Ronan Peterson Workshop
Altered States: Unique Forms and Intense Surfaces - July 29-31, 2011
Ronan Peterson will lead this three day, hands-on workshop covering approaches to help enliven and personalize ceramic surfaces. His work is drawn from processes of growth and decay in nature, translated into a ceramic comic book interpretation of real and imagined phenomena.
Ronan will share his techniques for assembling thrown components and adding handbuilt elements to complete the form. He will demonstrate throwing and altering parts for vases, boxes, and teapots. Ronan will also discuss throwing molds for trays and plates.
The remainder of the workshop w ill be devoted to slipping, carving, and resist techniques to develop lively and intense surfaces intended for, but not exclusive to, firing in electric kilns. Ronan will also discuss and demonstrate glaze approaches to help participants plan out the finishing of their pieces.
Participants will have limited access to wheels, with a focus on assembling parts, adding handbuilt elements, and developing surface at their workstations. Ronan's decorative approach is suitable for both wheel-thrown and handbuilt work. Participants are encouraged to bring leather hard greenware and bisqueware, so as to spend more time on the demonstrated surface techniques.
Ronan will provide a packet of slip, glaze, and terra sigilatta recipes for reference after the workshop. Basic throwing or handbuilding skills are required.
Class size 16.
Free to the public
July 29-31, 2011
10:00 am - 5:00 pm
Ronan Peterson Bio
Ronan Kyle Peterson grew up in Poplar, NC, a small community deep in the mountains of western North Carolina. He attended the University of North Carolina at Chapel Hill and in 1996 received a Bachelor of the Arts degree in Anthropology, with a minor in Folklore. His interest in Folklore led him to John C. Campbell Folk School in Brasstown, NC, where he began taking classes in ceramics and other media. After working for two years with two potters in the area of Asheville, NC, he attended Penland School of Crafts. Initially, he intended to stay for a two month Concentration in Wood and Soda Fired Pottery with MacKenzie Smith, but two months turned into four years. After Concentration, he applied for and was accepted into the Core Student program. During the two-year intensive work exchange program, he had the opportunity to study with a number of internationally known artists and craftspeople.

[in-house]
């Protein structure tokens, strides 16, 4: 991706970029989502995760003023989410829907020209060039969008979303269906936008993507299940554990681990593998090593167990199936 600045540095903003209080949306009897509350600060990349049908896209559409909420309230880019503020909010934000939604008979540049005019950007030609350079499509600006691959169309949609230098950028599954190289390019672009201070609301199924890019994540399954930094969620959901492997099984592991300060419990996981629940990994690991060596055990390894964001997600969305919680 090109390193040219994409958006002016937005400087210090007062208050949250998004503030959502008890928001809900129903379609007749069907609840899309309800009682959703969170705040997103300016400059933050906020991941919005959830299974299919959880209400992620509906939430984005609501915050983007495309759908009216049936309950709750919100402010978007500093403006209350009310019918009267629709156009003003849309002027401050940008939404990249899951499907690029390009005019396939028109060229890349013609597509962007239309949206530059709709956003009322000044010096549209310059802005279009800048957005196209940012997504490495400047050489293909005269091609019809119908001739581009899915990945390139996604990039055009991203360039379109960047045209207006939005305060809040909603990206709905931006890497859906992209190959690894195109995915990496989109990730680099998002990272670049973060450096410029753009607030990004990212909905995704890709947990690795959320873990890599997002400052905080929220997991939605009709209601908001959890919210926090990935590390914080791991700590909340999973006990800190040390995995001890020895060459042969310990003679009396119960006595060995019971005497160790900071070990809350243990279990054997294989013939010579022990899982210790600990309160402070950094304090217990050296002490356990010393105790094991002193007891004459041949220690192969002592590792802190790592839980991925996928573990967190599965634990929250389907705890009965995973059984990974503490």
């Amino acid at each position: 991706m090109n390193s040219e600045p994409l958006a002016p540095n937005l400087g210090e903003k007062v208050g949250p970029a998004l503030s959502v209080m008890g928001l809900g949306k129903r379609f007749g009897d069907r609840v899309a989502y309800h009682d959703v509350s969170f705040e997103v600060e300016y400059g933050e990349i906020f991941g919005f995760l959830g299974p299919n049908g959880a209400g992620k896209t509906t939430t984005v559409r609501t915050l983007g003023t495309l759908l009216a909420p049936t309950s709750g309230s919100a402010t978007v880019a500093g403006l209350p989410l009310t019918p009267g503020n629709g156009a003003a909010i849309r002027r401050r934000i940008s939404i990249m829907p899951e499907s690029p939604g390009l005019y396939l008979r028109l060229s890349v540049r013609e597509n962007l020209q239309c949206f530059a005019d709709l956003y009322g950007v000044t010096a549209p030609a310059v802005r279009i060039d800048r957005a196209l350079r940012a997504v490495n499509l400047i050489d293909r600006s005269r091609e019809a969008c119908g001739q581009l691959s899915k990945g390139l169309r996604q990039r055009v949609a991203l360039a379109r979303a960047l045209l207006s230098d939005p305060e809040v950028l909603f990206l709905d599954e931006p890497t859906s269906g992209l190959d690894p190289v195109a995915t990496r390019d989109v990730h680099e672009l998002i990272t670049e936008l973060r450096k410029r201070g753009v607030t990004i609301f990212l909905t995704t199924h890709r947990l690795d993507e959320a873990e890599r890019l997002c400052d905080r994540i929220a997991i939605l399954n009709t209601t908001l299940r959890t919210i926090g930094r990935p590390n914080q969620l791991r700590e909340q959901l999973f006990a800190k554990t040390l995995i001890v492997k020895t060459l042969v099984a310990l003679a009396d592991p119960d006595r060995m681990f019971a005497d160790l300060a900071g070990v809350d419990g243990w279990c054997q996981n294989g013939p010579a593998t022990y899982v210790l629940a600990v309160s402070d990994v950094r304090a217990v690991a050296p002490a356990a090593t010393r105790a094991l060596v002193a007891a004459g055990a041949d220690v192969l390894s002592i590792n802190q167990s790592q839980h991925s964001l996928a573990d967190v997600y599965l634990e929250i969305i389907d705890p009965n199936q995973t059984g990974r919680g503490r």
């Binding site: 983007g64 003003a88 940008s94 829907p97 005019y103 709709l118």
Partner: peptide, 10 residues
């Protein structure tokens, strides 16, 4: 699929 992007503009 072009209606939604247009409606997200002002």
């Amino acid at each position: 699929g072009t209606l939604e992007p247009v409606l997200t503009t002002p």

Currently, Ronan maintains Nine Toes Pottery, a ceramics studio in Chapel Hill, NC, which produces highly decorative and functional earthenware vessels. His work is drawn from processes of growth and decay in the natural world and translated into a ceramic comic book interpretation of both real and imagined phenomena. His ceramic vessels have shown in local and national exhibitions, including the 2008 Strictly Functional Pottery National in East Petersburg, PA. Ronan was also invited to participate in the 4th and 5th Annual Potter's Market Invitational at the Mint Museum in Charlotte, NC, held the first weekend in September and includes some of North Carolina's most talented ceramic artists and potters. His work has been featured in both Ceramics Monthly and Clay Times, and the books 500 Bowls and 500 Plates and Chargers, which includes an image of his plates on the back cover. Ronan's work is included in the Permanent Collections of the North Carolina Pottery Center in Seagrove, NC and the Governor Morehead School in Raleigh, NC. Also an educator, Ronan teaches or has taught adult ceramics classes at Claymakers and the Durham Arts Council Clay Studio in Durham, NC, Jordan Hall Arts Center in Cary, NC, Pullen Arts Center in Raleigh, NC, and the Artscenter in Carrboro, NC.
Ronan Peterson Artist Statement
I grew up in the mountains of western North Carolina in a small community called Poplar. This tiny section of the southern Appalachian Mountains is marked with distinct seasons, from the richness and fullness of the succulent summer hills to the achingly bare and skeletal tree-scattered grayness of the winter. These seasonal changes hold their own agents of growth and decay, visible markers of the cycle of life. I grew up in this greater green world, with my head buried in the comic books that my dad collected. My childhood was a mixture of color and fantasy, filled with super heroes and alien beings, and the lushness of the rhododendron filled mountains. I spent hours leafing through comics, imagining worlds within worlds and encountering alternate universes and secret wars, all the while cicadas were singing and shedding their skin and whirring into the night air.
My ceramics are an amalgamation of the influences of my youth, the natural and the fantastical. My vessels provide a ceramic comic book interpretation of the natural world and its processes of growth and decay. I use thick line contours, a fullness of volume, and areas of exaggerated detail to embellish my functional ceramic vessels. I translate and abstract budding leaves and lichen encrusted bark, and assemble a collage of interpretations of natural phenomena. I like to take bits and parts, magnifying some, diminishing others and assemble them into a vessel worthy of use and destined for contemplation. Through my ceramic objects, I hope to relay a narrative of the natural world, focusing on the overwhelming visual and tactile information that seduces and causes me wonder.